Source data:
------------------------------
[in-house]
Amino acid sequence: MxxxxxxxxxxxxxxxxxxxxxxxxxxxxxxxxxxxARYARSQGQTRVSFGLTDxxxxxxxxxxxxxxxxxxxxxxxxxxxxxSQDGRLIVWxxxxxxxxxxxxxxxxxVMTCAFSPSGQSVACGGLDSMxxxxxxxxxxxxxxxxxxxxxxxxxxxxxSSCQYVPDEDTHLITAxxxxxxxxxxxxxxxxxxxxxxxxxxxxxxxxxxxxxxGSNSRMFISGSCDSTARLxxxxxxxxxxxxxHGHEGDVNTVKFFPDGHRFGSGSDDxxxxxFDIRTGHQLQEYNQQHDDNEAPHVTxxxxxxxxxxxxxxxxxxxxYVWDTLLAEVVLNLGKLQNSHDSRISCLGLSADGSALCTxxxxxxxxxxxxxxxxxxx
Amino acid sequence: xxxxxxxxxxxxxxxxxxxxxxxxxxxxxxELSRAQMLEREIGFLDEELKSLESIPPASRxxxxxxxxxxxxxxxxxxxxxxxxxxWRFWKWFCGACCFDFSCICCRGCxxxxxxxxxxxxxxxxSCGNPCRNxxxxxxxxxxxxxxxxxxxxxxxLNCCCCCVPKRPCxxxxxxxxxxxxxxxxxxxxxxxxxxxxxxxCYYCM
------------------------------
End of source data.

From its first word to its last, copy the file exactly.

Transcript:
[in-house]
Amino acid sequence: MxxxxxxxxxxxxxxxxxxxxxxxxxxxxxxxxxxxARYARSQGQTRVSFGLTDxxxxxxxxxxxxxxxxxxxxxxxxxxxxxSQDGRLIVWxxxxxxxxxxxxxxxxxVMTCAFSPSGQSVACGGLDSMxxxxxxxxxxxxxxxxxxxxxxxxxxxxxSSCQYVPDEDTHLITAxxxxxxxxxxxxxxxxxxxxxxxxxxxxxxxxxxxxxxGSNSRMFISGSCDSTARLxxxxxxxxxxxxxHGHEGDVNTVKFFPDGHRFGSGSDDxxxxxFDIRTGHQLQEYNQQHDDNEAPHVTxxxxxxxxxxxxxxxxxxxxYVWDTLLAEVVLNLGKLQNSHDSRISCLGLSADGSALCTxxxxxxxxxxxxxxxxxxx
Amino acid sequence: xxxxxxxxxxxxxxxxxxxxxxxxxxxxxxELSRAQMLEREIGFLDEELKSLESIPPASRxxxxxxxxxxxxxxxxxxxxxxxxxxWRFWKWFCGACCFDFSCICCRGCxxxxxxxxxxxxxxxxSCGNPCRNxxxxxxxxxxxxxxxxxxxxxxxLNCCCCCVPKRPCxxxxxxxxxxxxxxxxxxxxxxxxxxxxxxxCYYCM